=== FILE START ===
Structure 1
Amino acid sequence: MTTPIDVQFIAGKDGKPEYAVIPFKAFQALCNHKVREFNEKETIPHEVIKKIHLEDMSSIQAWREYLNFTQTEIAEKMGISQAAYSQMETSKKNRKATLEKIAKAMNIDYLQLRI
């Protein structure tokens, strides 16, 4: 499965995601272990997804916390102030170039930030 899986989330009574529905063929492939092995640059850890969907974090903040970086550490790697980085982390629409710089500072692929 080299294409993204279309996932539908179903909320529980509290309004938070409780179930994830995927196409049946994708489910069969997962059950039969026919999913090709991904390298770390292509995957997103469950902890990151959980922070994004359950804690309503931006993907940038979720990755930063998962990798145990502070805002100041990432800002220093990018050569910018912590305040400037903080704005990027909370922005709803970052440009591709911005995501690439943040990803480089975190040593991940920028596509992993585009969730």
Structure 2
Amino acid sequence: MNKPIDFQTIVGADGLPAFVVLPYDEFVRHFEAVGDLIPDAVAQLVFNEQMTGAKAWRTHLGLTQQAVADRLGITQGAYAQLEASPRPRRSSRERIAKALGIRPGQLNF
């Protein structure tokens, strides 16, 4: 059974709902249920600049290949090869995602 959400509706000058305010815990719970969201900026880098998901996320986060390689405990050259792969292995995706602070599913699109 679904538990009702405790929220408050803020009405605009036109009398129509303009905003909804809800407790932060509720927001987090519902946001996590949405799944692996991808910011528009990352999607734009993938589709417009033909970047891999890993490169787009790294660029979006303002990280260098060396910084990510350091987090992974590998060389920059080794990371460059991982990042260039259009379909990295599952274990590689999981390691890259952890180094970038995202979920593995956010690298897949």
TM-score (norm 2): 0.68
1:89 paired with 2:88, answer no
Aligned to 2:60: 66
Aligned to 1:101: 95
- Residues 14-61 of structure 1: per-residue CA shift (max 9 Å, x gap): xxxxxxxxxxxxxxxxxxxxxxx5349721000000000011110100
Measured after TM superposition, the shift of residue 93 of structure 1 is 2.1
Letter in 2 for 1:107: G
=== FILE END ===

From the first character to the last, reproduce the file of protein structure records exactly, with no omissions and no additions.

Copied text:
Structure 1
Amino acid sequence: MTTPIDVQFIAGKDGKPEYAVIPFKAFQALCNHKVREFNEKETIPHEVIKKIHLEDMSSIQAWREYLNFTQTEIAEKMGISQAAYSQMETSKKNRKATLEKIAKAMNIDYLQLRI
């Protein structure tokens, strides 16, 4: 499965995601272990997804916390102030170039930030 899986989330009574529905063929492939092995640059850890969907974090903040970086550490790697980085982390629409710089500072692929 080299294409993204279309996932539908179903909320529980509290309004938070409780179930994830995927196409049946994708489910069969997962059950039969026919999913090709991904390298770390292509995957997103469950902890990151959980922070994004359950804690309503931006993907940038979720990755930063998962990798145990502070805002100041990432800002220093990018050569910018912590305040400037903080704005990027909370922005709803970052440009591709911005995501690439943040990803480089975190040593991940920028596509992993585009969730």
Structure 2
Amino acid sequence: MNKPIDFQTIVGADGLPAFVVLPYDEFVRHFEAVGDLIPDAVAQLVFNEQMTGAKAWRTHLGLTQQAVADRLGITQGAYAQLEASPRPRRSSRERIAKALGIRPGQLNF
């Protein structure tokens, strides 16, 4: 059974709902249920600049290949090869995602 959400509706000058305010815990719970969201900026880098998901996320986060390689405990050259792969292995995706602070599913699109 679904538990009702405790929220408050803020009405605009036109009398129509303009905003909804809800407790932060509720927001987090519902946001996590949405799944692996991808910011528009990352999607734009993938589709417009033909970047891999890993490169787009790294660029979006303002990280260098060396910084990510350091987090992974590998060389920059080794990371460059991982990042260039259009379909990295599952274990590689999981390691890259952890180094970038995202979920593995956010690298897949």
TM-score (norm 2): 0.68
1:89 paired with 2:88, answer no
Aligned to 2:60: 66
Aligned to 1:101: 95
- Residues 14-61 of structure 1: per-residue CA shift (max 9 Å, x gap): xxxxxxxxxxxxxxxxxxxxxxx5349721000000000011110100
Measured after TM superposition, the shift of residue 93 of structure 1 is 2.1
Letter in 2 for 1:107: G